No One Escapes Judgment

You Don’t Go to Hell Because You’re A Sinner

Only One Way In



[1] accessed October 9, 2015.

[2]  Ibid.

[3]  Ibid.

[4]  See “Clothing In Heaven”


Filed under Apologetics, Christianity, Creation, Current Events, End Times, Gospel, Heaven, Salvation, Second Coming of Christ, Theology

Jesus Said It

Jesus Preaching the Sermon on the Mount - Gustave Dore

                 Jesus Preaching the Sermon on the Mount – Gustave Dore

Heaven and earth shall pass away, but my words shall not pass away.   (Matthew 24:35)

The general conception of Jesus, if He is thought of at all, is that He was a nice guy, a good teacher, and perhaps a miracle worker. A lot of what He said are words to live by, like, “all things whatsoever ye would that men should do to you, do ye even so to them” (Matthew 7:12), and “Judge not, that ye be not judged” (Matthew 7:1 – taken out of context, a great verse for Christian bashing). There is no doubt that Jesus taught many things that benefit when applied to every-day life. Those kinds of teachings find general acceptance by all, but Jesus also said many things that many in this politically correct culture would find offensive.

Jesus said, “Repent: for the kingdom of heaven is at hand.” Repent? Many today who, like Donald Trump, believe they have done nothing from which to repent. The Bible says, “For all have sinned, and come short of the glory of God” (Romans 3:23), and “the soul that sinneth, it shall die” (Ezekiel 18:4, 20). Jesus said, “Repent”!

Jesus said, “Ye have heard that it was said by them of old time, Thou shalt not commit adultery: But I say unto you, That whosoever looketh on a woman to lust after her hath committed adultery with her already in his heart” (Matthew 5:27-28). What man alive can claim innocence of that sin? These days, the same could be said of woman. Along with that He said, “whosoever shall put away his wife, saving for the cause of fornication, causeth her to commit adultery: and whosoever shall marry her that is divorced committeth adultery” (Matthew 5:32). With today’s high rate of easy divorce, to how many does this apply? Speaking of adultery, Jesus said marriage is between one man and one woman: “But from the beginning of the creation God made them male and female. For this cause shall a man leave his father and mother, and cleave to his wife; And they twain shall be one flesh: so then they are no more twain, but one flesh. What therefore God hath joined together, let not man put asunder” (Mark 10:6-9, emphasis mine) – so much for same-sex unions.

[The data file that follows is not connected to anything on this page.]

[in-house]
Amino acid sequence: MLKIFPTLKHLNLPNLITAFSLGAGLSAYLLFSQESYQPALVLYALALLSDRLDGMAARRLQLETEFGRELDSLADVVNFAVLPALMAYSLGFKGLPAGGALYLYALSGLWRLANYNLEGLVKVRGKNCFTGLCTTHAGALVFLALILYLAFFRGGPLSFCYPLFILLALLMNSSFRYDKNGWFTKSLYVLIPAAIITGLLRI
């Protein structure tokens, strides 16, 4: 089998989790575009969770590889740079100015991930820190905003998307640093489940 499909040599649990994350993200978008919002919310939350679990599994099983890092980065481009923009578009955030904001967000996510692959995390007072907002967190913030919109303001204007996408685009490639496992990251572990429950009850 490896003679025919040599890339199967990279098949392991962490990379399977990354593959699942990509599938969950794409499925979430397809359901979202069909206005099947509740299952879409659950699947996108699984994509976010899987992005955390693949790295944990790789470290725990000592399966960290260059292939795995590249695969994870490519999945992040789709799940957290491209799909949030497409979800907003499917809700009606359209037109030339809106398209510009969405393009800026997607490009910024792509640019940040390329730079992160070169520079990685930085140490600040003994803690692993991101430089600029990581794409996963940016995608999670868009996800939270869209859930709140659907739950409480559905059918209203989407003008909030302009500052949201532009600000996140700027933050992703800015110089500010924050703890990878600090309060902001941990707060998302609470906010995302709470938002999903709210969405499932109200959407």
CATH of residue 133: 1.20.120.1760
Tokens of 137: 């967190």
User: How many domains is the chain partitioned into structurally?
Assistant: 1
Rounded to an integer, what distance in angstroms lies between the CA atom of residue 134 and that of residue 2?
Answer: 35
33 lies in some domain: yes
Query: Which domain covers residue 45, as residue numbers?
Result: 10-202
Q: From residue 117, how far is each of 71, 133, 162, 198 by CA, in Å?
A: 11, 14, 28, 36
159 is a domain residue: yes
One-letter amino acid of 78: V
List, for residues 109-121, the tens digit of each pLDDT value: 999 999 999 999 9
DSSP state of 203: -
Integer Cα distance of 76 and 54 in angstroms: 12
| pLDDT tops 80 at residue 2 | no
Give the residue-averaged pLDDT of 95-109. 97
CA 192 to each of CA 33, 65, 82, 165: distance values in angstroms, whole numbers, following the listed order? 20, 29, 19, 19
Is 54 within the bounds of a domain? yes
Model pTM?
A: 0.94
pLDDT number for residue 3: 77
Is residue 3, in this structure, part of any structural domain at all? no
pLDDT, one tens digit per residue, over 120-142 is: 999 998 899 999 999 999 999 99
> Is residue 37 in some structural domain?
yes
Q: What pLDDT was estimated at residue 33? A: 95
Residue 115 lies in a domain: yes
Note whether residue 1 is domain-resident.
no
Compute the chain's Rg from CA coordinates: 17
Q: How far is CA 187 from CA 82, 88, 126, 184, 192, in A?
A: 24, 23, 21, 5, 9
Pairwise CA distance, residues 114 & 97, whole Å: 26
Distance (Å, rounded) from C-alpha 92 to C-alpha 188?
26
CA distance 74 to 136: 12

Many think of Jesus as peaceful and gentle, but Jesus said, “Think not that I am come to send peace on earth: I came not to send peace, but a sword” (Matthew 10:34). Why is that? To His followers Jesus said, “And ye shall be hated of all men for my name’s sake” (Matthew 10:22, emphasis mine). “If the world hate you, ye know that it hated me before it hated you” (John 15:18).  Jesus said, “And a man’s foes shall be they of his own household” (Matthew 10:36).  “And the brother shall deliver up the brother to death, and the father the child: and the children shall rise up against their parents, and cause them to be put to death” (Matthew 10:21).  Jesus said, “For I am come to set a man at variance against his father, and the daughter against her mother, and the daughter in law against her mother in law” (Matthew 10:35); so “He that loveth father or mother more than me is not worthy of me: and he that loveth son or daughter more than me is not worthy of me. And he that taketh not his cross, and followeth after me, is not worthy of me.” (Matthew 10:37-38). However, He offers this promise: “he that loseth his life for my sake shall find it” (Matthew 10:39).

Jesus wants total allegiance; He wants first place in our lives. The reward is eternal life, but it is not without cost. Some will protest, and rightfully so, “Salvation is a free gift. It cannot be earned, Ephesians 2:8-9!” True. The “wages of sin” (Romans 3:23) were paid by Christ on the cross, but along with accepting the free gift comes the responsibility that goes with it. The Christian life is not one of ease, a life of “do as you please,” but the Christian has the promise of the Savior who says “my yoke is easy, and my burden is light” (Matthew 11:30) because He becomes your “yoke partner.”